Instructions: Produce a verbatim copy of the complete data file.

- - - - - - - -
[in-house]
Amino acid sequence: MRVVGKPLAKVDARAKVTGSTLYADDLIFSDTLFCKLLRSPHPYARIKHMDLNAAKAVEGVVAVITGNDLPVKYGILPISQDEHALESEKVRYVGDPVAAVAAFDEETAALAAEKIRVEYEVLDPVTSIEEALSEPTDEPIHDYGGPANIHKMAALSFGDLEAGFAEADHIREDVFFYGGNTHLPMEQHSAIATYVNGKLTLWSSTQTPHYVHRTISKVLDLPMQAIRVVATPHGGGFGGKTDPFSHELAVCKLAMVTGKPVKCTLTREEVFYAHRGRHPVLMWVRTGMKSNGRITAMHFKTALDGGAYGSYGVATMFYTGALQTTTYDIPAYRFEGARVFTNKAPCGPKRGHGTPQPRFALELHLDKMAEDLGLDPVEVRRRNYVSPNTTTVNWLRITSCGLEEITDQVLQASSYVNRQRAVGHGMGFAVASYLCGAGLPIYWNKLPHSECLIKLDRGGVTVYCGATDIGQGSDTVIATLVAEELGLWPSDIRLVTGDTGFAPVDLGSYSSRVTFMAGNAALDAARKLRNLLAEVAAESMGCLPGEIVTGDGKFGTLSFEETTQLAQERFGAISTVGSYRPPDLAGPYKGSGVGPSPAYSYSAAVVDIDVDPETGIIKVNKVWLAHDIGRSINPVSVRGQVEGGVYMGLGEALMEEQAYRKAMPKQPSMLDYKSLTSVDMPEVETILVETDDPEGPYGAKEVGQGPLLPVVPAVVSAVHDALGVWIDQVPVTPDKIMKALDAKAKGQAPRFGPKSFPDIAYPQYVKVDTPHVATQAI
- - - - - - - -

[in-house]
Amino acid sequence: MRVVGKPLAKVDARAKVTGSTLYADDLIFSDTLFCKLLRSPHPYARIKHMDLNAAKAVEGVVAVITGNDLPVKYGILPISQDEHALESEKVRYVGDPVAAVAAFDEETAALAAEKIRVEYEVLDPVTSIEEALSEPTDEPIHDYGGPANIHKMAALSFGDLEAGFAEADHIREDVFFYGGNTHLPMEQHSAIATYVNGKLTLWSSTQTPHYVHRTISKVLDLPMQAIRVVATPHGGGFGGKTDPFSHELAVCKLAMVTGKPVKCTLTREEVFYAHRGRHPVLMWVRTGMKSNGRITAMHFKTALDGGAYGSYGVATMFYTGALQTTTYDIPAYRFEGARVFTNKAPCGPKRGHGTPQPRFALELHLDKMAEDLGLDPVEVRRRNYVSPNTTTVNWLRITSCGLEEITDQVLQASSYVNRQRAVGHGMGFAVASYLCGAGLPIYWNKLPHSECLIKLDRGGVTVYCGATDIGQGSDTVIATLVAEELGLWPSDIRLVTGDTGFAPVDLGSYSSRVTFMAGNAALDAARKLRNLLAEVAAESMGCLPGEIVTGDGKFGTLSFEETTQLAQERFGAISTVGSYRPPDLAGPYKGSGVGPSPAYSYSAAVVDIDVDPETGIIKVNKVWLAHDIGRSINPVSVRGQVEGGVYMGLGEALMEEQAYRKAMPKQPSMLDYKSLTSVDMPEVETILVETDDPEGPYGAKEVGQGPLLPVVPAVVSAVHDALGVWIDQVPVTPDKIMKALDAKAKGQAPRFGPKSFPDIAYPQYVKVDTPHVATQAI